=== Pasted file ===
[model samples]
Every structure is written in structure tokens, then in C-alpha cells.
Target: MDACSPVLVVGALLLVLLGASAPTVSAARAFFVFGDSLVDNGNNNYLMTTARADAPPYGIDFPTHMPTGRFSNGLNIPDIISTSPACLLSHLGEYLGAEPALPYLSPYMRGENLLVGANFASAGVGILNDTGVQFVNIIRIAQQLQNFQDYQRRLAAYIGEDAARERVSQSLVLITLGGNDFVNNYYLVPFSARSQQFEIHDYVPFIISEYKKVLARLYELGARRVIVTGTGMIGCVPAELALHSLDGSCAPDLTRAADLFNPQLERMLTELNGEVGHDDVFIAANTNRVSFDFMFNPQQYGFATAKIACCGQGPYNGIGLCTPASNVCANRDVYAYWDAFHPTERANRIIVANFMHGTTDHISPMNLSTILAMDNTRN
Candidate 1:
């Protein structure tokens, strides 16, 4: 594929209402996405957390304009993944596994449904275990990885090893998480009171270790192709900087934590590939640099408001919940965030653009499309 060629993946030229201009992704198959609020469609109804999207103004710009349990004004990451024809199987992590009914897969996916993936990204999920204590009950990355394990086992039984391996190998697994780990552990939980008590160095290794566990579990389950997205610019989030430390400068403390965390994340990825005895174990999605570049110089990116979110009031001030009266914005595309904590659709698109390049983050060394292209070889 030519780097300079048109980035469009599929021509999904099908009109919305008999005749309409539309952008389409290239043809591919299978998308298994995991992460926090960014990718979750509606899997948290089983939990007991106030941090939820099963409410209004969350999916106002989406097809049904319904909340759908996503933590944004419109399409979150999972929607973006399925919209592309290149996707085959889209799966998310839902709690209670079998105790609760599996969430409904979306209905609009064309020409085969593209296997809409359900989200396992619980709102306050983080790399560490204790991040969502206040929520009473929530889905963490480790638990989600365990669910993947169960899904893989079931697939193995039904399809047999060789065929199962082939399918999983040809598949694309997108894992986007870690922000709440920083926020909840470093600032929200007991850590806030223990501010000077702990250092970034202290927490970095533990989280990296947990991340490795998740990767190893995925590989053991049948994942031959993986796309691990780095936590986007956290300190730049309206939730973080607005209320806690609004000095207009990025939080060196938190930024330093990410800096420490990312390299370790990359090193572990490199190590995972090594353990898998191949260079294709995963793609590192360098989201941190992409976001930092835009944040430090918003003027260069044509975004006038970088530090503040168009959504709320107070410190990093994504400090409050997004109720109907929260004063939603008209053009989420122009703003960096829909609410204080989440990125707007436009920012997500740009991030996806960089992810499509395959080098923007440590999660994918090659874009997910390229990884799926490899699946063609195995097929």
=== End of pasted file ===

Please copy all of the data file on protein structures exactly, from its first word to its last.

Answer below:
[model samples]
Every structure is written in structure tokens, then in C-alpha cells.
Target: MDACSPVLVVGALLLVLLGASAPTVSAARAFFVFGDSLVDNGNNNYLMTTARADAPPYGIDFPTHMPTGRFSNGLNIPDIISTSPACLLSHLGEYLGAEPALPYLSPYMRGENLLVGANFASAGVGILNDTGVQFVNIIRIAQQLQNFQDYQRRLAAYIGEDAARERVSQSLVLITLGGNDFVNNYYLVPFSARSQQFEIHDYVPFIISEYKKVLARLYELGARRVIVTGTGMIGCVPAELALHSLDGSCAPDLTRAADLFNPQLERMLTELNGEVGHDDVFIAANTNRVSFDFMFNPQQYGFATAKIACCGQGPYNGIGLCTPASNVCANRDVYAYWDAFHPTERANRIIVANFMHGTTDHISPMNLSTILAMDNTRN
Candidate 1:
């Protein structure tokens, strides 16, 4: 594929209402996405957390304009993944596994449904275990990885090893998480009171270790192709900087934590590939640099408001919940965030653009499309 060629993946030229201009992704198959609020469609109804999207103004710009349990004004990451024809199987992590009914897969996916993936990204999920204590009950990355394990086992039984391996190998697994780990552990939980008590160095290794566990579990389950997205610019989030430390400068403390965390994340990825005895174990999605570049110089990116979110009031001030009266914005595309904590659709698109390049983050060394292209070889 030519780097300079048109980035469009599929021509999904099908009109919305008999005749309409539309952008389409290239043809591919299978998308298994995991992460926090960014990718979750509606899997948290089983939990007991106030941090939820099963409410209004969350999916106002989406097809049904319904909340759908996503933590944004419109399409979150999972929607973006399925919209592309290149996707085959889209799966998310839902709690209670079998105790609760599996969430409904979306209905609009064309020409085969593209296997809409359900989200396992619980709102306050983080790399560490204790991040969502206040929520009473929530889905963490480790638990989600365990669910993947169960899904893989079931697939193995039904399809047999060789065929199962082939399918999983040809598949694309997108894992986007870690922000709440920083926020909840470093600032929200007991850590806030223990501010000077702990250092970034202290927490970095533990989280990296947990991340490795998740990767190893995925590989053991049948994942031959993986796309691990780095936590986007956290300190730049309206939730973080607005209320806690609004000095207009990025939080060196938190930024330093990410800096420490990312390299370790990359090193572990490199190590995972090594353990898998191949260079294709995963793609590192360098989201941190992409976001930092835009944040430090918003003027260069044509975004006038970088530090503040168009959504709320107070410190990093994504400090409050997004109720109907929260004063939603008209053009989420122009703003960096829909609410204080989440990125707007436009920012997500740009991030996806960089992810499509395959080098923007440590999660994918090659874009997910390229990884799926490899699946063609195995097929």